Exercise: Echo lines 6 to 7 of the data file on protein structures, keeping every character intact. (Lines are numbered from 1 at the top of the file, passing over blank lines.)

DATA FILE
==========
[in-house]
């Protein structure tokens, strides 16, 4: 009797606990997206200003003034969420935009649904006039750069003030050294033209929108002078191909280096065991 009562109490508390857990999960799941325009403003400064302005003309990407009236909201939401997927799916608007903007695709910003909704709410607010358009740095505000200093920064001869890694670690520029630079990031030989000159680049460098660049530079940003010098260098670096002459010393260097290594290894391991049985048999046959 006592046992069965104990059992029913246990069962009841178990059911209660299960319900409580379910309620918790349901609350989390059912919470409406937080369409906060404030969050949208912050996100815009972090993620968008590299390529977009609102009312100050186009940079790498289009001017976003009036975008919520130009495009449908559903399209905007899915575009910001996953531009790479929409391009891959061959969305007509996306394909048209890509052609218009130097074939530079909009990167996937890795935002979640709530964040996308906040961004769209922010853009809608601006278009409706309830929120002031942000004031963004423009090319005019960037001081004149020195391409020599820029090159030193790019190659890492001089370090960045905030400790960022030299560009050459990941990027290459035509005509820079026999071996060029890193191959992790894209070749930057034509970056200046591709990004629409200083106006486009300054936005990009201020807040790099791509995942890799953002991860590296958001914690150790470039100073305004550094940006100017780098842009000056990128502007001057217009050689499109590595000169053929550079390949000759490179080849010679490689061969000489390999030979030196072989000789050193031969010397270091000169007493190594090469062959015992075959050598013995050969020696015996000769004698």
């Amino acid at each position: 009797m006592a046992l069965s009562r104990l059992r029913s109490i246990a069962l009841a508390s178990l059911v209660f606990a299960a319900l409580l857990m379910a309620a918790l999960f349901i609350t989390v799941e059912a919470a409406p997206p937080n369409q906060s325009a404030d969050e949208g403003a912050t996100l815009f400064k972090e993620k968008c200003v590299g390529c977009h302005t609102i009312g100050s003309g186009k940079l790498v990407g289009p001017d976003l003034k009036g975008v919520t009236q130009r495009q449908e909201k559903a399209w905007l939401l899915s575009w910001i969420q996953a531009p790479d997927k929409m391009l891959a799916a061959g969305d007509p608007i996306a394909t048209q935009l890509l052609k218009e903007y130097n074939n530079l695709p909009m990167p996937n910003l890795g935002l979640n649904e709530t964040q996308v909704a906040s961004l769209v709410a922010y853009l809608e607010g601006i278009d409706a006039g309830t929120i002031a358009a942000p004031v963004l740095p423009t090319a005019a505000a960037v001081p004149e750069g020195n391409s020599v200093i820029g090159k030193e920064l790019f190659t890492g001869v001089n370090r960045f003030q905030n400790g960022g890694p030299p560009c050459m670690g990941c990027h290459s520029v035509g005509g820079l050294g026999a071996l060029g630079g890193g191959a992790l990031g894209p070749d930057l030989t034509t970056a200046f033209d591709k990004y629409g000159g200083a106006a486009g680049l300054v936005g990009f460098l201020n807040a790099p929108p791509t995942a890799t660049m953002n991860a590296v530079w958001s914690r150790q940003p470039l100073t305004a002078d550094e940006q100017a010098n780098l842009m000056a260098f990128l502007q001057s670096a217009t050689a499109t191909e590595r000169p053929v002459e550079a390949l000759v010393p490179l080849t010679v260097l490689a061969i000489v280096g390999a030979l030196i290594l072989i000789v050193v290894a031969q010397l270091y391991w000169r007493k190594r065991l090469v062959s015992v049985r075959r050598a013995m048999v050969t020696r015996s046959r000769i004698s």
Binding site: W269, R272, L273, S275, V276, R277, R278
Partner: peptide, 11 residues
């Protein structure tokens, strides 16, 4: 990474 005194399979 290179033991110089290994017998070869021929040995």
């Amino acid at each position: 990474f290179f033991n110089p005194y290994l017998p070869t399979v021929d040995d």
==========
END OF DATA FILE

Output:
């Protein structure tokens, strides 16, 4: 990474 005194399979 290179033991110089290994017998070869021929040995």
């Amino acid at each position: 990474f290179f033991n110089p005194y290994l017998p070869t399979v021929d040995d």